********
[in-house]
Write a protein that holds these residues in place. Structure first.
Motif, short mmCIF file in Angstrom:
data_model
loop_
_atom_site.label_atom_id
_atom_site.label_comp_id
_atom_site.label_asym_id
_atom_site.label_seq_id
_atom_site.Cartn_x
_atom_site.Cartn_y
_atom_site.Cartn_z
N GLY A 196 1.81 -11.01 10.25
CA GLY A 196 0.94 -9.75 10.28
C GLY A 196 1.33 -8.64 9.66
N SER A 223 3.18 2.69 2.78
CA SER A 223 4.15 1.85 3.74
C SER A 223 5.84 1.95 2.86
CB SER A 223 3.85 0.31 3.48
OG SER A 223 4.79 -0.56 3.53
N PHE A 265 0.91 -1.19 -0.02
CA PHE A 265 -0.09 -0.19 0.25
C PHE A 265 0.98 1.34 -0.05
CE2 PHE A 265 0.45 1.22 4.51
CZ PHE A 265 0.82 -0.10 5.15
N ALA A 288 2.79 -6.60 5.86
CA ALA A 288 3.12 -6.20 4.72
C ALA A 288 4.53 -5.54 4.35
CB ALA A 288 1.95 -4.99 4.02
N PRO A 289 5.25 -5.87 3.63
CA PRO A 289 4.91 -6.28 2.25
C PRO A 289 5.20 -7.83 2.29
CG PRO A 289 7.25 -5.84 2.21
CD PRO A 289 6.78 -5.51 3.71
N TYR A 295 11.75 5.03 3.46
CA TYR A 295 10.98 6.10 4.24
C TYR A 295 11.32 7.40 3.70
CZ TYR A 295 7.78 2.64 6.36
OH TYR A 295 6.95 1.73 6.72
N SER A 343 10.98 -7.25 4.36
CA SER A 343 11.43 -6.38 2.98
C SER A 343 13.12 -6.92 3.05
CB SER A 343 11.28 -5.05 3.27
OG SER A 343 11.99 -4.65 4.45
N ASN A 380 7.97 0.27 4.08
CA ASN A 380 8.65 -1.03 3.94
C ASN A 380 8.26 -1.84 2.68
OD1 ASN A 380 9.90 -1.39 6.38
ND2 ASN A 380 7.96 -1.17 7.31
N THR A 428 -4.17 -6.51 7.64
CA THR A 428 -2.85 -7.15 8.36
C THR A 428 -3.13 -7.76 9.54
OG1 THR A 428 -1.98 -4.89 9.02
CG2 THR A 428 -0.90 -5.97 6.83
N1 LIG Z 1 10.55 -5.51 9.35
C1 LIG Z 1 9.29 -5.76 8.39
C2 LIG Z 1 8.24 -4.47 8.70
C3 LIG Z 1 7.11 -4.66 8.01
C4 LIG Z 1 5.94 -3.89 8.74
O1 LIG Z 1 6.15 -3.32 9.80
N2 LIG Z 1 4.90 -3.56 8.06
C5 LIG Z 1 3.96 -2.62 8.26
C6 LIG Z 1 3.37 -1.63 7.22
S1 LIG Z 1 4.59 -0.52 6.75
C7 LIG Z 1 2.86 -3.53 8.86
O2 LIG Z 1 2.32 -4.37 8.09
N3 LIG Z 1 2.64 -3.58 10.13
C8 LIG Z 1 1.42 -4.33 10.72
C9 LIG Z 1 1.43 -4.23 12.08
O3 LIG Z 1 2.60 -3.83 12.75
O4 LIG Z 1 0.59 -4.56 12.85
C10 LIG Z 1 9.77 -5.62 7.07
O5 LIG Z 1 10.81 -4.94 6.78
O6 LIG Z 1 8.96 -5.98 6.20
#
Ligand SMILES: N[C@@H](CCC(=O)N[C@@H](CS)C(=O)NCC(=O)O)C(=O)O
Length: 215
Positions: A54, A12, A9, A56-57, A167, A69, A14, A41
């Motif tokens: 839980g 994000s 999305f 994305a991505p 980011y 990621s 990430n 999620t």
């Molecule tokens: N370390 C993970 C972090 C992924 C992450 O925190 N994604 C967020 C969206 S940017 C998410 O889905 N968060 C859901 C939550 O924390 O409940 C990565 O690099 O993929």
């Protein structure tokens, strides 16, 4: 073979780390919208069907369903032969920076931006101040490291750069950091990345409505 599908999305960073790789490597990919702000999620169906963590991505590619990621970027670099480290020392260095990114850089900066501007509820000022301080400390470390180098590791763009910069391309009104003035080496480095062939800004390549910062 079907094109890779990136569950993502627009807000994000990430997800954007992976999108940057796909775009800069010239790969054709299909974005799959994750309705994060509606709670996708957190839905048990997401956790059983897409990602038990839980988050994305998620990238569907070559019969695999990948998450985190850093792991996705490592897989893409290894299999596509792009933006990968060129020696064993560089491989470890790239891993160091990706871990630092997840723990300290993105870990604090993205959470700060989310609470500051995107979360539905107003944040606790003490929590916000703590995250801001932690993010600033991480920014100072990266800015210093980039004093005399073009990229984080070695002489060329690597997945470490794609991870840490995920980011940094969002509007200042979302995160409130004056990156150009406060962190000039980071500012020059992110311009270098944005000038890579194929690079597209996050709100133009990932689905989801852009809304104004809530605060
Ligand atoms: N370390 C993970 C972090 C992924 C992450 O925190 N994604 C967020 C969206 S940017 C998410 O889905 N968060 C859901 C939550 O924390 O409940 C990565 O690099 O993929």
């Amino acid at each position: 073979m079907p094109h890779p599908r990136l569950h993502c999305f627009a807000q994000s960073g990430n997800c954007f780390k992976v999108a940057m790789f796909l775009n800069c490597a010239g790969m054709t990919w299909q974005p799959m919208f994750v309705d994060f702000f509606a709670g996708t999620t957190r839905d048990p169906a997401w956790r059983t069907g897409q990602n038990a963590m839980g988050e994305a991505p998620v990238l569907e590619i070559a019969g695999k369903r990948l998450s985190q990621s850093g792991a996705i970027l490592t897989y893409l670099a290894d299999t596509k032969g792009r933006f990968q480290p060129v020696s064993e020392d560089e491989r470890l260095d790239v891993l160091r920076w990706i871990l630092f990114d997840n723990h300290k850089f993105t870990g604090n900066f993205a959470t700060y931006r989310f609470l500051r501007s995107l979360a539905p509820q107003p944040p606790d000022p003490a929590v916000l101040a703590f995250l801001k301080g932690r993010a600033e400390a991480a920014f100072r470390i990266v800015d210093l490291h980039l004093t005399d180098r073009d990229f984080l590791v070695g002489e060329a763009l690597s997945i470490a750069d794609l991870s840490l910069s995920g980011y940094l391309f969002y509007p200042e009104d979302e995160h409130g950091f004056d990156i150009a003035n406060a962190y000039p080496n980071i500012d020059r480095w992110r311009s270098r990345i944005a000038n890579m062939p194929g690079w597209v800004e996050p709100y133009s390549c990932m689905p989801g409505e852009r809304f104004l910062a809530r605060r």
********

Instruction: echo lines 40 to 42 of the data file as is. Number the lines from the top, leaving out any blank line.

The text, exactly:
N SER A 343 10.98 -7.25 4.36
CA SER A 343 11.43 -6.38 2.98
C SER A 343 13.12 -6.92 3.05